I didn’t know it was a luxury back then.

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But I have learned my lesson in a million ways.

Some things just have to be declared good enough.

My sister says the secret to success is, sometimes, lower standards.  She laughs when she says it, but she is a wise woman.

And that’s my reality today.

I have other boxes, other appointments, other errands.

I either send these presents now, as they are, or it will not get done.  And our friends would miss a blessing.  And I would find this package in July, under a pile of sweaters, and realize I never sent it.  And then stick it back in the closet with good intentions to try for Christmas next year.

And it would never get done.

Again.

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I looked at those gifts.  I even lifted one out and studied it in my hand, and I immediately heard this, “Do they need to be perfect? Or do they need to be good?”

And I set that gift right back in the box.

And I am not looking back.

Except.  Maybe to do something with that hideous paper.

My oldest daughter suggested that we burn it.  It’s that ugly.

Or, maybe we’ll just call it a lesson learned.

And good enough.

***

Perfection is the enemy of the good, and enough is as good as a feast. 

I pray your holidays are good enough.  Not in the sense of settling, but in the sense of a deep contentment and enjoyment of the messy, real life and true love all around you.

Take a deep breath.  Let some of it go.  It’s not all going to get done anyway.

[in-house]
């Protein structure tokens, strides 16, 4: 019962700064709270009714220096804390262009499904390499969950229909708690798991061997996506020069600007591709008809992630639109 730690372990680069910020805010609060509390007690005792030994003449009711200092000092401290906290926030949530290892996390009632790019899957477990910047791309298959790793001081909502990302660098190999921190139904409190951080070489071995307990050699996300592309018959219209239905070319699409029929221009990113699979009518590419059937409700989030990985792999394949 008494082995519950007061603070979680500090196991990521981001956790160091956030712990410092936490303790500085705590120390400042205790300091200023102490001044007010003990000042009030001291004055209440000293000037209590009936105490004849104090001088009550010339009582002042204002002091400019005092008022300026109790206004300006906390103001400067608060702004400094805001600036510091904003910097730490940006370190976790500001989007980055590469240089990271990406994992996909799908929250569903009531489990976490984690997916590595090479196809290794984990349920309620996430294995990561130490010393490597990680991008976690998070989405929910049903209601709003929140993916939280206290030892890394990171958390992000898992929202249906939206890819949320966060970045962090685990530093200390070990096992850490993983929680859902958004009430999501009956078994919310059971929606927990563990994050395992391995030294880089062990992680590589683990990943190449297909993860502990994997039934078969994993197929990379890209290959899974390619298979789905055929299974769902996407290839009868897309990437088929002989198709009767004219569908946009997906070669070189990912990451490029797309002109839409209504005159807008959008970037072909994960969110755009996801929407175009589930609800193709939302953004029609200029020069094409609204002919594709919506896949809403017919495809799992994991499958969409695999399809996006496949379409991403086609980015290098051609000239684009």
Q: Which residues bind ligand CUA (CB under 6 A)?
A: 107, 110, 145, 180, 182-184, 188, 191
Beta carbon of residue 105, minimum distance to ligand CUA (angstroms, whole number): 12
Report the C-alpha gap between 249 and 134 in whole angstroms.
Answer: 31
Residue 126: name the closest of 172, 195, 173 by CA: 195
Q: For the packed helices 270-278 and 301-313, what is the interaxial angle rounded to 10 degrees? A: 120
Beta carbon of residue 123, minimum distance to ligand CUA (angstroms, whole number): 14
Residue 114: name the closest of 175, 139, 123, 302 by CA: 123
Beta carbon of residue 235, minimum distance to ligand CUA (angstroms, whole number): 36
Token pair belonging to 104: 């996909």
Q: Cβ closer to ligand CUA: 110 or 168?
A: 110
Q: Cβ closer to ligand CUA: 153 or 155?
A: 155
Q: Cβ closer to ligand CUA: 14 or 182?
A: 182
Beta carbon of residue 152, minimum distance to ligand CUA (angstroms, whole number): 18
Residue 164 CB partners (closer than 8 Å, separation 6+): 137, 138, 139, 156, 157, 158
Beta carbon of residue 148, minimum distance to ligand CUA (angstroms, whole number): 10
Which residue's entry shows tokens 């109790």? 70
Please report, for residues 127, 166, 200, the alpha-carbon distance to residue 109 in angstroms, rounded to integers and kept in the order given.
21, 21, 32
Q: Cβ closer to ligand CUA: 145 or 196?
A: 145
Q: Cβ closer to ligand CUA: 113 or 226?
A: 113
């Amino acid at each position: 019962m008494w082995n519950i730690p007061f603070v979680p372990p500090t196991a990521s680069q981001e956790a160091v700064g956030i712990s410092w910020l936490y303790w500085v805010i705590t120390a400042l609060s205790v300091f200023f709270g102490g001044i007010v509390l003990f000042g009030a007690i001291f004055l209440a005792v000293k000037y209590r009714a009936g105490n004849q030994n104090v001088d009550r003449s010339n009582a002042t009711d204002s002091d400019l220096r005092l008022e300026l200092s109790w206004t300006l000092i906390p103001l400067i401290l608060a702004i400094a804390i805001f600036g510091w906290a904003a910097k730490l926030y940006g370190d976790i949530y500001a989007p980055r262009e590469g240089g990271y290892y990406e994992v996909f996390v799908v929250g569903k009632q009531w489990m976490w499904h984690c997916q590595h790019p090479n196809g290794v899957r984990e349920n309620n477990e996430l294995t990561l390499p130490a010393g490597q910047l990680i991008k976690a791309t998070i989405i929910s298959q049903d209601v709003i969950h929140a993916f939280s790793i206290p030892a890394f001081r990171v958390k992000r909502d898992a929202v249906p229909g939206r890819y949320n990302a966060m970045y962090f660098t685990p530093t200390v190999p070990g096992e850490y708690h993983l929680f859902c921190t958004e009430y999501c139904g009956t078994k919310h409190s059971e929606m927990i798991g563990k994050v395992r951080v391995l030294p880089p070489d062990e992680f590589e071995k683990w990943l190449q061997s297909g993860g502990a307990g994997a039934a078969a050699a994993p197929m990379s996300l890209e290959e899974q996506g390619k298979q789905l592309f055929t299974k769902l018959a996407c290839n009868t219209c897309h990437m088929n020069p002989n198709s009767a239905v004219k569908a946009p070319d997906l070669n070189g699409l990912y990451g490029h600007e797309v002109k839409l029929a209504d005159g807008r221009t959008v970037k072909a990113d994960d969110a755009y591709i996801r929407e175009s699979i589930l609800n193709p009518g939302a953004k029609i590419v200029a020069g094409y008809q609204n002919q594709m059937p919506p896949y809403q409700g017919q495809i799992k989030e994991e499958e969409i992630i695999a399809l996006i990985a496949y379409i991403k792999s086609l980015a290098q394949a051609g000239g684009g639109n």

Let someone help you, even the kids.  Especially the kids.  Their work will be messy.  But a present wrapped, a cookie decorated, an ornament hung by a child is adorable, and the people who love them will love that they tried.    And the kids will feel like they matter.  And they will be one year closer to learning how to do what needs to be done.  

And they will remember that you valued them enough to let them do the big stuff.

Not one of us is perfect.  Holding ourselves and others to that kind of standard is the worst fun killer ever.  And it may be the worst love killer, too.

Just send the packages.  

And receive them.  And all of it.  With grace.

Above all, love each other deeply, because love covers over a multitude of sins. 1Pet4:8

Crazy in Love with God. Interview with Chana Keefer, Bestselling Author. {WATCH}

You are called to something.

We all are.

I love connecting people with each other, especially the ones I know who are courageously pursuing that call.

In this interview of six short questions, meet Chana Keefer, best-selling author of several books and a great friend of Lady the Fearless.  Chana encourages, inspires, and shares tips for any of you who are pursuing that thing–whatever it is–that you feel called to do.

Check out her new book, Annabelle:  A Ghostly Texas Tale, and her other books here.  Great additions to any Christmas list!

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You’ll also find a heartfelt video response to these questions at the end–watch when you can!  You will be lifted up and leave with practical applications from this interview.

LADY:  Hi, Chana, my friend!  Thanks so much for being here today!  First question, simple and sweet!  What inspired you to be a writer?           

CHANA:  Growing up, some of my favorite moments were getting lost in a good book.